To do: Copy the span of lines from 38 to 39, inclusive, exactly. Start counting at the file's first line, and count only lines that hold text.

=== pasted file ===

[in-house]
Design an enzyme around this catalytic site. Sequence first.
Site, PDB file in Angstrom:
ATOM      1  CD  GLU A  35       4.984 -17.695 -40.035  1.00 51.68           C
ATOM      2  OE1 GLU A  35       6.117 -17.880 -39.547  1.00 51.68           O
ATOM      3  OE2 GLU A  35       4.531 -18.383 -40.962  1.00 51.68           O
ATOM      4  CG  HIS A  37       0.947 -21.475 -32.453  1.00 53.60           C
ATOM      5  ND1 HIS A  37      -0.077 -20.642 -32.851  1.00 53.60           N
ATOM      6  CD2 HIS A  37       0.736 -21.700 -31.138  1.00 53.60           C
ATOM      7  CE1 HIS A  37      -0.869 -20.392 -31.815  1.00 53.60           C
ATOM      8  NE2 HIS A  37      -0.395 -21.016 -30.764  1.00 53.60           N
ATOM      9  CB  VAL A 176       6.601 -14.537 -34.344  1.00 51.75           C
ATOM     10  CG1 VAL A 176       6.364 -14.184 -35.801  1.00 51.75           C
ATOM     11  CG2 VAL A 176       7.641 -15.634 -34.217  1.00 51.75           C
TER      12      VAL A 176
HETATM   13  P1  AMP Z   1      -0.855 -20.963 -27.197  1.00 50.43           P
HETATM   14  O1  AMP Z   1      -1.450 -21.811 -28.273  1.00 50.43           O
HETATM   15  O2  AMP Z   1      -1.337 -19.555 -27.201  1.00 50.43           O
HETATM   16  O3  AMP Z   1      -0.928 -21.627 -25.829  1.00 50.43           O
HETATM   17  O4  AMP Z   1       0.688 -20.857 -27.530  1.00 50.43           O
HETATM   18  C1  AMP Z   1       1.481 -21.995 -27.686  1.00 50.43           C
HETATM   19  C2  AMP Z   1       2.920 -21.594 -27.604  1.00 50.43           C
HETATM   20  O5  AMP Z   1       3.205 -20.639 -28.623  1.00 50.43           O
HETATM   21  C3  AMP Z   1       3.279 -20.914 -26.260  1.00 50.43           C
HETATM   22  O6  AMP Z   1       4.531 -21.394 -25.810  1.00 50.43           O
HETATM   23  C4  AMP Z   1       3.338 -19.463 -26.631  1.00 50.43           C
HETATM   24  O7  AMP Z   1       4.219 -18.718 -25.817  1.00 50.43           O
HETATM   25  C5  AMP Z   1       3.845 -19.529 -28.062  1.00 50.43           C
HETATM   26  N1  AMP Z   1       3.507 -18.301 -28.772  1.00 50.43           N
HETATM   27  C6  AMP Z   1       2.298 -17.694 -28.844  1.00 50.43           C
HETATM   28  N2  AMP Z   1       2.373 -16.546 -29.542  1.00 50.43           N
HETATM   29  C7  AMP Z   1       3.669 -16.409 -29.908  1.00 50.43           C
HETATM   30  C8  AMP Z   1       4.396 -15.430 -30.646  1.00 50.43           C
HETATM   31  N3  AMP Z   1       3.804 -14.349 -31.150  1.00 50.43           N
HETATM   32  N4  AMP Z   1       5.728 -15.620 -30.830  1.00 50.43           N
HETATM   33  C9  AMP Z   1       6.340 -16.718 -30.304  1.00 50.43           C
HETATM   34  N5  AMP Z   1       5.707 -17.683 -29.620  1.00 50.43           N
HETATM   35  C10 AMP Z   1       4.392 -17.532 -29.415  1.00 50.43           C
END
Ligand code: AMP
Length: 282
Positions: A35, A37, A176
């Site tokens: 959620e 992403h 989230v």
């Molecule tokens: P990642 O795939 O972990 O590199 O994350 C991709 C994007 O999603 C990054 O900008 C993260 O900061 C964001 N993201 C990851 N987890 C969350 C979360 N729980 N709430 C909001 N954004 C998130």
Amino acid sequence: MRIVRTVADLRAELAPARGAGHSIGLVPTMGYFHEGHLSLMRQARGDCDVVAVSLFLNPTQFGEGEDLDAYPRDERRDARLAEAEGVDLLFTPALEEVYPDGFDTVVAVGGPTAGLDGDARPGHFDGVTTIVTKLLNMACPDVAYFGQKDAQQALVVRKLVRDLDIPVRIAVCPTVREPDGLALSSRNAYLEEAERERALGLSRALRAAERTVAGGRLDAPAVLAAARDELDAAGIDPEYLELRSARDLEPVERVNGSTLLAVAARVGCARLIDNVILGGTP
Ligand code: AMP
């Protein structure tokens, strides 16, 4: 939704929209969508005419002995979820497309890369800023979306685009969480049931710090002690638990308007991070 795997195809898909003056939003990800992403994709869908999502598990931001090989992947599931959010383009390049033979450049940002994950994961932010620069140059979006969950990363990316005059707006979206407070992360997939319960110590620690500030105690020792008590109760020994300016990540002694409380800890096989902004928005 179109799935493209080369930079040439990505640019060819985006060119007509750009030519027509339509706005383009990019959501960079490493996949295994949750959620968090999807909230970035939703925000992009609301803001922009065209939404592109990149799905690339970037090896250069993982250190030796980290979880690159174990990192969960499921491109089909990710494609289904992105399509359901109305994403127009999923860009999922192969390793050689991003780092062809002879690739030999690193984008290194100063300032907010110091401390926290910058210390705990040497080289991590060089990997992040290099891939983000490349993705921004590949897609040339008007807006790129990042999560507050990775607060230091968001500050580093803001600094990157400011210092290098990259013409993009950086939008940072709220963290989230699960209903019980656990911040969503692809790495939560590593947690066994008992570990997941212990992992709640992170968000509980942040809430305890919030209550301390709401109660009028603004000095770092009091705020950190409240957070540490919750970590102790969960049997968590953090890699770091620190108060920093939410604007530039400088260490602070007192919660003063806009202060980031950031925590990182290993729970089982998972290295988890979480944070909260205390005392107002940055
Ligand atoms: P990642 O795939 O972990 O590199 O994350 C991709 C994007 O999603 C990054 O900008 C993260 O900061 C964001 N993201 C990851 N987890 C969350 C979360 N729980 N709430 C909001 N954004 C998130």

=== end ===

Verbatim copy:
HETATM   35  C10 AMP Z   1       4.392 -17.532 -29.415  1.00 50.43           C
END